Which Joe gave his name to ‘sloppy joes’? We look at five interesting sandwiches and their lexical origins.
A poisonous alkaloid obtained from monkshood and related plants.
- ‘In 1881 Dr George Henry Lamson poisoned his two brothers-in-law for their legacies, at least one with aconitine, the only recorded case of its use to kill.’
- ‘Principle constituents: aconitine which is one of the most poisonous of all alkaloids.’
- ‘Excessive amounts of these materials, which contain diterpene alkaloids particularly aconitine, can produce toxic effects and occasional fatalities.’
- ‘These herbs contain highly toxic alkaloids, including aconitine, which activate sodium channels and over-stimulate cell membranes.’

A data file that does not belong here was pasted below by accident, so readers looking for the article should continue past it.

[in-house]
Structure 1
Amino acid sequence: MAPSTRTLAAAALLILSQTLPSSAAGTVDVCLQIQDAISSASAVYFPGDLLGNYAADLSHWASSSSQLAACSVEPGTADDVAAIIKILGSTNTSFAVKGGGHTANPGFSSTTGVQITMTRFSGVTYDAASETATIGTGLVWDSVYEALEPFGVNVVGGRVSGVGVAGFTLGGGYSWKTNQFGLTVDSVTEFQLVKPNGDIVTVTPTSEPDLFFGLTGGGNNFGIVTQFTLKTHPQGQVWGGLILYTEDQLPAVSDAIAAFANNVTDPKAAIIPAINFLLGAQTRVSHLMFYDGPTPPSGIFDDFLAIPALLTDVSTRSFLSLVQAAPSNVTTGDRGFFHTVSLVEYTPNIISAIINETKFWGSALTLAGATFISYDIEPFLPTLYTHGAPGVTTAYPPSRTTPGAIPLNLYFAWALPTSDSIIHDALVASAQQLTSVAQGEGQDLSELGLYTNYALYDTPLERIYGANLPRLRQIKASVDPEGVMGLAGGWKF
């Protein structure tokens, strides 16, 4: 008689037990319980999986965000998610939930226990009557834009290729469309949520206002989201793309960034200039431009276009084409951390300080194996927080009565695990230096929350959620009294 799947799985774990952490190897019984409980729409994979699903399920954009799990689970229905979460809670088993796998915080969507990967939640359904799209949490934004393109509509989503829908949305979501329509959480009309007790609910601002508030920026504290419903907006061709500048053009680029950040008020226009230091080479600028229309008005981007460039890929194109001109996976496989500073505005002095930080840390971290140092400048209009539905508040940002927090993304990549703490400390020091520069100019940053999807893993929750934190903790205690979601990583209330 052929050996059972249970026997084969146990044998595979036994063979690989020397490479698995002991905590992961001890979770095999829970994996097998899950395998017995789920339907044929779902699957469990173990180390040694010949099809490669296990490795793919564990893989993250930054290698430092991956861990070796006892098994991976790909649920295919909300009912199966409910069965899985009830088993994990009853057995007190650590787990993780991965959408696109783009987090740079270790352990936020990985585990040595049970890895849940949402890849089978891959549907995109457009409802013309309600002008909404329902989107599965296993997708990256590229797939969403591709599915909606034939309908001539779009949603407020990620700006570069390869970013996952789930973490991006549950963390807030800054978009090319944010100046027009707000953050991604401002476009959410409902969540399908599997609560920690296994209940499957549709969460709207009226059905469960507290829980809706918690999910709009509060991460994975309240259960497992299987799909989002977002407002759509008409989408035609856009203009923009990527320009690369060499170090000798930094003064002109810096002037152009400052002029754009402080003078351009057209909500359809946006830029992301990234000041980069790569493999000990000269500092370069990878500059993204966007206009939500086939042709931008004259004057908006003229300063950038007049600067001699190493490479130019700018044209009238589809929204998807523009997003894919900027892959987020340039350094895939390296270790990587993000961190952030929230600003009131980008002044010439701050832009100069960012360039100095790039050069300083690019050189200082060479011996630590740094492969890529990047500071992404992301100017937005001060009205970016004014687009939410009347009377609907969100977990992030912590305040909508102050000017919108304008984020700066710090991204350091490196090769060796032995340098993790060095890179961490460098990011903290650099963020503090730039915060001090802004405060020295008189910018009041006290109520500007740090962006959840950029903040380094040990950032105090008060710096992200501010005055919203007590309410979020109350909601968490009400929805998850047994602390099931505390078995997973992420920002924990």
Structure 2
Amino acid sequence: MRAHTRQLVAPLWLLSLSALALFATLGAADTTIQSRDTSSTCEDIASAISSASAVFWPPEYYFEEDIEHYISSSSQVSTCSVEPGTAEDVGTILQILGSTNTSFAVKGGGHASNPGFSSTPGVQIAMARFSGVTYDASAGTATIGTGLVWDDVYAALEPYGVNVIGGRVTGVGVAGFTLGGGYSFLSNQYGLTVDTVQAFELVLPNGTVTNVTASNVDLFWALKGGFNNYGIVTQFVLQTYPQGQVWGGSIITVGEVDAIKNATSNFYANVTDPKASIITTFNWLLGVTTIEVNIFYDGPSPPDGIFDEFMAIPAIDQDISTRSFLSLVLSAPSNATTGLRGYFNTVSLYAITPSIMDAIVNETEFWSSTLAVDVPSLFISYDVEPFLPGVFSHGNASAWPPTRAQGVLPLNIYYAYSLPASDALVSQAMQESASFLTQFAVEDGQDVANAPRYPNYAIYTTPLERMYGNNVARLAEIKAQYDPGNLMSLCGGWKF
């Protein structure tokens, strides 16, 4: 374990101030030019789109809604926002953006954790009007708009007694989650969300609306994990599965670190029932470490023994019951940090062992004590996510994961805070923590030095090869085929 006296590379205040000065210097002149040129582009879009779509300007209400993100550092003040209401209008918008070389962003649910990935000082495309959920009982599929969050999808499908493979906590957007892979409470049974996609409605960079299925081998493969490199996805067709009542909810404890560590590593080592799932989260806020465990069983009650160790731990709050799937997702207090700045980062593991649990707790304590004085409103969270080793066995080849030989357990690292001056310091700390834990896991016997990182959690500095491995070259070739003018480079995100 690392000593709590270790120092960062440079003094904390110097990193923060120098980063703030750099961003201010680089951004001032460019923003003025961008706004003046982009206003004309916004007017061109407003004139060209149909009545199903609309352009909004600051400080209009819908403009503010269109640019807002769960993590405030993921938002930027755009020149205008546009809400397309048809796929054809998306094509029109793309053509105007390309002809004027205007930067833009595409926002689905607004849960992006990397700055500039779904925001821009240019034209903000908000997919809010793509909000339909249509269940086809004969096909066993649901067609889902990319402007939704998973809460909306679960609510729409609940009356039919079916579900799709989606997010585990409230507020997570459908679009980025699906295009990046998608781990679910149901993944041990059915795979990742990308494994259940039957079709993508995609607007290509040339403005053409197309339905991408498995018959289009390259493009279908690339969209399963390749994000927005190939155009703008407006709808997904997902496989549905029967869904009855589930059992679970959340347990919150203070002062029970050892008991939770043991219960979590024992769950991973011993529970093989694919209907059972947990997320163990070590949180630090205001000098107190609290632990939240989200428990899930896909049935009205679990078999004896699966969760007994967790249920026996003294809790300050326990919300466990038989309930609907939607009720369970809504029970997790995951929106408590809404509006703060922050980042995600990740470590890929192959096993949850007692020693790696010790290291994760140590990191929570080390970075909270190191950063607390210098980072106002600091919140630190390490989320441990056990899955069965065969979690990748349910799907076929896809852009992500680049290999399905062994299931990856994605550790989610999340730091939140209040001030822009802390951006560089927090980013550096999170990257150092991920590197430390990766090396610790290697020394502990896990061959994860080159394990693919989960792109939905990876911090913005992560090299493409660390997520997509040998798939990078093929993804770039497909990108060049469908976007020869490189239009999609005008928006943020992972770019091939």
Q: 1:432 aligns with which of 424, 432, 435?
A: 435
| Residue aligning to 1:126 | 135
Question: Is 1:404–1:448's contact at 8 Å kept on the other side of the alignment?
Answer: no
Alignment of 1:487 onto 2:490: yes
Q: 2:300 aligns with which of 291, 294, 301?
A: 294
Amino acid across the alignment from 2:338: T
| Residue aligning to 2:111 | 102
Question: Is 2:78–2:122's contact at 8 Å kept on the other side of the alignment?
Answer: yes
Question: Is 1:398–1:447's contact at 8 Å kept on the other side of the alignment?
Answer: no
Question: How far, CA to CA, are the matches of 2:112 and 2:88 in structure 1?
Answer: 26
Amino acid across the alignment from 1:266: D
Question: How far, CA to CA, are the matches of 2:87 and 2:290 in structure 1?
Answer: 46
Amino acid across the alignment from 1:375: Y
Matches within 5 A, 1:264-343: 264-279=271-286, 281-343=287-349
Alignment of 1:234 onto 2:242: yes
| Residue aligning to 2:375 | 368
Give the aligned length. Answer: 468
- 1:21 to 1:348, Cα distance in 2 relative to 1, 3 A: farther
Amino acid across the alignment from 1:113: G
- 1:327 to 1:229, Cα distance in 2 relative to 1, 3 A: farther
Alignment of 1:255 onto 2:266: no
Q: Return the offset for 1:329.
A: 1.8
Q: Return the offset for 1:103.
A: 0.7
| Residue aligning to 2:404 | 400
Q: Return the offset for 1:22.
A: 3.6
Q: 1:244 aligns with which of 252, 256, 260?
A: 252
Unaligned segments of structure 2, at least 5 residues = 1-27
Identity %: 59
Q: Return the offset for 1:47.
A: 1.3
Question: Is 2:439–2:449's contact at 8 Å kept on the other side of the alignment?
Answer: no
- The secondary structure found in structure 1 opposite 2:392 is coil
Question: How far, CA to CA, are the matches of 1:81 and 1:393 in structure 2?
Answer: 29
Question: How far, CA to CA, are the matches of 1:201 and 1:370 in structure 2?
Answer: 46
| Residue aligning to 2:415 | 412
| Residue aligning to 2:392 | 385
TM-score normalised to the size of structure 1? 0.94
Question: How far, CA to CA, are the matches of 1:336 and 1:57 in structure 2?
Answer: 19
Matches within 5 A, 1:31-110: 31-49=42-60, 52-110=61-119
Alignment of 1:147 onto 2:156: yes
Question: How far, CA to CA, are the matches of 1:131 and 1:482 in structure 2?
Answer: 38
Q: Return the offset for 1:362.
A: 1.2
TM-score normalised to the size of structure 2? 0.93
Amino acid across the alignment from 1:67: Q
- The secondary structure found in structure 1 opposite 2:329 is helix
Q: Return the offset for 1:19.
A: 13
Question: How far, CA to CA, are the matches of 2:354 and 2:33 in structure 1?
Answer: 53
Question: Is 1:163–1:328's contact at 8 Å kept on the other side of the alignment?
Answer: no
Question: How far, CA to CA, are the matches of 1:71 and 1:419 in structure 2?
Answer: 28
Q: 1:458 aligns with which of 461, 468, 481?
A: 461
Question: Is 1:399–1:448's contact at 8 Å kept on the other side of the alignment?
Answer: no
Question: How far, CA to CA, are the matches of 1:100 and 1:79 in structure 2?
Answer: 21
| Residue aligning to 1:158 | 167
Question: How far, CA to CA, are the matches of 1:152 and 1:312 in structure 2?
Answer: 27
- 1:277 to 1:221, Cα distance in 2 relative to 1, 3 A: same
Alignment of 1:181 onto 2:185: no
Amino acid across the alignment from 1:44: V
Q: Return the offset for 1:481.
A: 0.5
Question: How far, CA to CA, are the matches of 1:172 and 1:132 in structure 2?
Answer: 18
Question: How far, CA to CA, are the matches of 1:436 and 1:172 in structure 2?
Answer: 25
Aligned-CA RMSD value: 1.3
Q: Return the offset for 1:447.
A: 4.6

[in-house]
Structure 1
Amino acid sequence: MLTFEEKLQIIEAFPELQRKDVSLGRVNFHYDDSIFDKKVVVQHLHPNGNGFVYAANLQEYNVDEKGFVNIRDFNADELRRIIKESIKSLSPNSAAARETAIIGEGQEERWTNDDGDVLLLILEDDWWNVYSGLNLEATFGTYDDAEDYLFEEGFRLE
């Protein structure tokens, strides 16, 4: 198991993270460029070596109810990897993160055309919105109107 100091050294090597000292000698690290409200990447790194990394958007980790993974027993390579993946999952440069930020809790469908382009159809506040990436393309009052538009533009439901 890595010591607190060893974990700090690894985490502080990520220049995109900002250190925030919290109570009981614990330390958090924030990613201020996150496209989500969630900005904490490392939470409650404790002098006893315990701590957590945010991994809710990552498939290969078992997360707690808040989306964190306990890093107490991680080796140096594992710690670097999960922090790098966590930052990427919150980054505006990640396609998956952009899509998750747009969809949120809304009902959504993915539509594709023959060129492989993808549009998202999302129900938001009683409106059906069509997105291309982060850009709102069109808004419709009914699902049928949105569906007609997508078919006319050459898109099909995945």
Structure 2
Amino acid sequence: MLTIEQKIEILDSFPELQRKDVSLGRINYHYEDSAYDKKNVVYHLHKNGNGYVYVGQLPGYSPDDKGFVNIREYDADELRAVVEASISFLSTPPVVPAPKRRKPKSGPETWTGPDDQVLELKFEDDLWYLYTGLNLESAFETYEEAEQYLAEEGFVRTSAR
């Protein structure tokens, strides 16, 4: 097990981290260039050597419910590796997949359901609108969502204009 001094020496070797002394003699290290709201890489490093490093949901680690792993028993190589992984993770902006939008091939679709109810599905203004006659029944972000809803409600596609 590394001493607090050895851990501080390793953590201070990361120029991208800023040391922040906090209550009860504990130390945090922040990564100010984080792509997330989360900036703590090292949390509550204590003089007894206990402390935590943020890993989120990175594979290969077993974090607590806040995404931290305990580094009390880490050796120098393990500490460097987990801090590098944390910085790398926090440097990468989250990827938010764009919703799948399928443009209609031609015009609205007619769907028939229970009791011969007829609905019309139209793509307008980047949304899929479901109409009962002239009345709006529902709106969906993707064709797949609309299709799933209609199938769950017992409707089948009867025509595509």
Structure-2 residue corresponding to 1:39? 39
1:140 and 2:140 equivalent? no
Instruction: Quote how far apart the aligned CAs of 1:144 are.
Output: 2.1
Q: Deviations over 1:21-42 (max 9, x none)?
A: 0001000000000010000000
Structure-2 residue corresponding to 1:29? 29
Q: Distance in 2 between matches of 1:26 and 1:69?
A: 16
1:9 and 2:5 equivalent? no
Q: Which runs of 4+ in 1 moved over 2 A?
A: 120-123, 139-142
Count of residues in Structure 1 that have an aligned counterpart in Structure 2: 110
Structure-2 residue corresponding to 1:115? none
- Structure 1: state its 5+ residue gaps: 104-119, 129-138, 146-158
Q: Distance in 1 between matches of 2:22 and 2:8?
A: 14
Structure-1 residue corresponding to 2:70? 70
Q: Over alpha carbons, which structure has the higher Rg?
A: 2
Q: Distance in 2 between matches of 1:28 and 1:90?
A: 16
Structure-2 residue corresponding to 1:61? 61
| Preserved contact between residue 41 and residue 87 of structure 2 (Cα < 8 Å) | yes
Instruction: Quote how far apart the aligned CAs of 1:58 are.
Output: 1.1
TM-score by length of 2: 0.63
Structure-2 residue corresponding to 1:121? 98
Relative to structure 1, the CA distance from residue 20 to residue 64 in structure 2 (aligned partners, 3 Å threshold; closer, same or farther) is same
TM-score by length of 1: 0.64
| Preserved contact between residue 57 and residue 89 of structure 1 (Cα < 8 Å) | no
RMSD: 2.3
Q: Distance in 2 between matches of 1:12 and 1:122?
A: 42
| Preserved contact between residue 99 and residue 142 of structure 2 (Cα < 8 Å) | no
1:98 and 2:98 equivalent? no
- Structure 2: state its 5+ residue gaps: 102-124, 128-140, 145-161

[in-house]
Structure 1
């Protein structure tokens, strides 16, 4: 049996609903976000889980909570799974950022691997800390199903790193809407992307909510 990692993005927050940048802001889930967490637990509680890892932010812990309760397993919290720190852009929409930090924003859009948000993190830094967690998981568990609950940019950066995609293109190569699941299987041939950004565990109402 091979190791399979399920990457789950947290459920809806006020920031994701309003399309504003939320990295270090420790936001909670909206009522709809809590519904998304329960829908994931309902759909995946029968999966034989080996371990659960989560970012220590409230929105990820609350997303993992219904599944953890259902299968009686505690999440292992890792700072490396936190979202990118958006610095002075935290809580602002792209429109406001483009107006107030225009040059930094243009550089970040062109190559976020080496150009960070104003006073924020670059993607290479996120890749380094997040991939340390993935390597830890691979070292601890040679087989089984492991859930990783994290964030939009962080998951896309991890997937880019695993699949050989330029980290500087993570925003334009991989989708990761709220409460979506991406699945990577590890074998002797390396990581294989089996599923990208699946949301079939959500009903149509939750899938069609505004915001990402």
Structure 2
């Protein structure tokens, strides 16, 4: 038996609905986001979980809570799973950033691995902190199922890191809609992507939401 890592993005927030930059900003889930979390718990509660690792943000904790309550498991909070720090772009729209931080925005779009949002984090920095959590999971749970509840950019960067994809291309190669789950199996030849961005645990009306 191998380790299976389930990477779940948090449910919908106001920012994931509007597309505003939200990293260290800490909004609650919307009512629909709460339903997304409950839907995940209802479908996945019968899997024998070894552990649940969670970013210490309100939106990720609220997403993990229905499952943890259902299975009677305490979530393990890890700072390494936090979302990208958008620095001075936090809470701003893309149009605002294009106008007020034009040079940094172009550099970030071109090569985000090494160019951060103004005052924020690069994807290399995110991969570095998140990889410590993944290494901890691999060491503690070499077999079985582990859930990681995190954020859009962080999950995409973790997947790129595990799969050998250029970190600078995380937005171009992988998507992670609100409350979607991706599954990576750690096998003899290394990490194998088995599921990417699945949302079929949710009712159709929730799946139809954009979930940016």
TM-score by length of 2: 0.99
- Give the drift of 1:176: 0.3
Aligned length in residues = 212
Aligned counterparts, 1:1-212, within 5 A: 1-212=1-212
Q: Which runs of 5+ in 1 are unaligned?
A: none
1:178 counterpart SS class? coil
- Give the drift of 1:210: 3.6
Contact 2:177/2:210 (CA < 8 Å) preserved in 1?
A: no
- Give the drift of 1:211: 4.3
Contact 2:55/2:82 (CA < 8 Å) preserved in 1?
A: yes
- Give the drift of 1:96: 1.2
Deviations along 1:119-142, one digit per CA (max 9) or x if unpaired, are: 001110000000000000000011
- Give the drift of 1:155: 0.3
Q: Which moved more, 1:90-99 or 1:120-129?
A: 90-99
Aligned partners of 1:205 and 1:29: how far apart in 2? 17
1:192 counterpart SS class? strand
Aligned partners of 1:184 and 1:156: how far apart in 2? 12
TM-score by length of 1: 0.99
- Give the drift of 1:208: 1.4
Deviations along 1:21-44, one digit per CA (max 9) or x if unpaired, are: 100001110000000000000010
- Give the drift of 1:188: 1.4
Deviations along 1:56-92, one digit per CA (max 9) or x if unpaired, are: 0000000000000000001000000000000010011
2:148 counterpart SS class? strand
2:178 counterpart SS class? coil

- ‘The final tests have shown that in various samples of prepared aconite (fu zi) the aconine and benzoyl aconine were 1/2000 or 1/250 that of aconitine respectively.’
We take a look at several popular, though confusing, punctuation marks.
From Afghanistan to Zimbabwe, discover surprising and intriguing language facts from around the globe.
The definitions of ‘buddy’ and ‘bro’ in the OED have recently been revised. We explore their history and increase in popularity.